Alicia Patterson grew up in a life of privilege and power, and a burning desire to please her father, publisher of the Daily News of New York City, drove her to found and operate one of the most successful newspapers of the 20th century.
But not before overcoming her moment of doubt.
That came in 1939, on honeymoon with her husband, Harry Guggenheim. Patterson believed that her father would leave her in a position of power one day at the Daily News, and Guggenheim thought she should prepare by running a small newspaper of her own. They got word that the Nassau Daily Journal, a paper on Long Island, was available.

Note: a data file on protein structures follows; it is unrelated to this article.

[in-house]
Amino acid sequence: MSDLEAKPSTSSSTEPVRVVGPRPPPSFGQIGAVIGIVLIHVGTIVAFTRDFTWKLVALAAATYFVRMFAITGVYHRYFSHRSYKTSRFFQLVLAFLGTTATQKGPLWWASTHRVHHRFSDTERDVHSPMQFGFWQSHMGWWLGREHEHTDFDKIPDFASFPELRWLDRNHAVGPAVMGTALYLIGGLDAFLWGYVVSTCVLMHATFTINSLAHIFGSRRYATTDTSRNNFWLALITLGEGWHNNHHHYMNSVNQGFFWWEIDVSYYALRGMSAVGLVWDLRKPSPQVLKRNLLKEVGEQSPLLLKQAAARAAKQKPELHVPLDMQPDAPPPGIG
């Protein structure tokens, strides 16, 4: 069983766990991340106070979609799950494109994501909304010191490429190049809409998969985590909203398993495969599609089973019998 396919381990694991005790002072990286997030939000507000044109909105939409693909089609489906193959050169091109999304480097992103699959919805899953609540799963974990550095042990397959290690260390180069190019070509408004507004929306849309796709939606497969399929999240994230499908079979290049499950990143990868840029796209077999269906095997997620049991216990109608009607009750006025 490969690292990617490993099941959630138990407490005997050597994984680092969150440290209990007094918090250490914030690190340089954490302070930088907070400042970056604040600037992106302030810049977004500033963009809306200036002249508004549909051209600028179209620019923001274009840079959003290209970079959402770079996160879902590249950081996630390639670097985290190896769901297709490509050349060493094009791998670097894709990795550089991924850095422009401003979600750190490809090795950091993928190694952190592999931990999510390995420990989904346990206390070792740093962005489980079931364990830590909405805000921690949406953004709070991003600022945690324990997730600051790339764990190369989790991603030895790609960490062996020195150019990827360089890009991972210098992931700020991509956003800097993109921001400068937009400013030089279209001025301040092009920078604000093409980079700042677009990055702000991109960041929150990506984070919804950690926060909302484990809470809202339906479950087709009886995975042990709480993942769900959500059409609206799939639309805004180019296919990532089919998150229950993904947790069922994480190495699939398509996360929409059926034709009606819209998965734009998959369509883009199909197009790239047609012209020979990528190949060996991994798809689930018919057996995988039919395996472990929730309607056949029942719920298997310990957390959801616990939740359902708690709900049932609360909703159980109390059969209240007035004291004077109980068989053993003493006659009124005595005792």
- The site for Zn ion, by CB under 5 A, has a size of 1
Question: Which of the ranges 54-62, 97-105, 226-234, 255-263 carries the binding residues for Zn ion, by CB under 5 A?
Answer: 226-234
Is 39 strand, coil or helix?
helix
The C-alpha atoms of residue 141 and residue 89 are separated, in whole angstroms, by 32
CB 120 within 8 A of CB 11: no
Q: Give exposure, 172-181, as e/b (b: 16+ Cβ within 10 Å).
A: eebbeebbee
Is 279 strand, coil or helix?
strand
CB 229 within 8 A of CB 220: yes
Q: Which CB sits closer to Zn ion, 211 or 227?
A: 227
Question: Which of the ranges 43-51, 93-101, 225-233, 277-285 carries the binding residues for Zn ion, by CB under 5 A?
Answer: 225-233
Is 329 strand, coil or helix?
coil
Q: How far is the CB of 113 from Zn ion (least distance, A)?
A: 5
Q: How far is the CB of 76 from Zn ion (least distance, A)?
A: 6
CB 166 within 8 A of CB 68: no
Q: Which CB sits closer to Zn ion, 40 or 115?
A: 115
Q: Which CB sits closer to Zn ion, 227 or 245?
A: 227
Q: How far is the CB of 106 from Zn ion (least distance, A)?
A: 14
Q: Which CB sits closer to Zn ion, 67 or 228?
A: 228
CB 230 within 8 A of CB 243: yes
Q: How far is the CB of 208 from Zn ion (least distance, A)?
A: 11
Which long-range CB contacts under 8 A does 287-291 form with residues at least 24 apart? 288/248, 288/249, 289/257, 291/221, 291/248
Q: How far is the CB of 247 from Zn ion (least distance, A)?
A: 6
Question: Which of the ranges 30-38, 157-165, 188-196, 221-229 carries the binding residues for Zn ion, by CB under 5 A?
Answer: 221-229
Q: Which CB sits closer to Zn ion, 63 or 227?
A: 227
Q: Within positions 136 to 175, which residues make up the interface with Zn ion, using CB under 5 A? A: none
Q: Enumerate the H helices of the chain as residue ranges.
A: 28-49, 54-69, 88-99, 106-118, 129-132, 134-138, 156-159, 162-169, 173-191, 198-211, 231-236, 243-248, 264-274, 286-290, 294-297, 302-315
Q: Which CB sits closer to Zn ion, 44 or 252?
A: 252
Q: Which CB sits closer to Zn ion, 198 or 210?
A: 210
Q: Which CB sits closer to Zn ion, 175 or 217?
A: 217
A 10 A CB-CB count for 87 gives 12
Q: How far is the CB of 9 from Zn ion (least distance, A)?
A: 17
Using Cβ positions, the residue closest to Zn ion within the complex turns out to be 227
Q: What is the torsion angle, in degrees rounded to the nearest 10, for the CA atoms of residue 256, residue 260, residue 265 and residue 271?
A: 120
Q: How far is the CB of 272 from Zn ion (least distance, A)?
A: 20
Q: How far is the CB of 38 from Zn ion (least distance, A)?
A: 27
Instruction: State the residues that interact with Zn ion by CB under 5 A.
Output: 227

Patterson balked; she wanted to give up on the plan. Guggenheim, however, insisted that they go through with it, and she finally agreed.
At that critical moment, Guggenheim supplied the wisdom and determination to push her into taking the first step. The result was Newsday, which Patterson built into a success.
The lesson: Sometimes, even the most determined people need a push to get them started.
— Adapted from “Hofstra University Biography of Alicia Patterson,” The Alicia Patterson Foundation, www.aliciapatterson.org.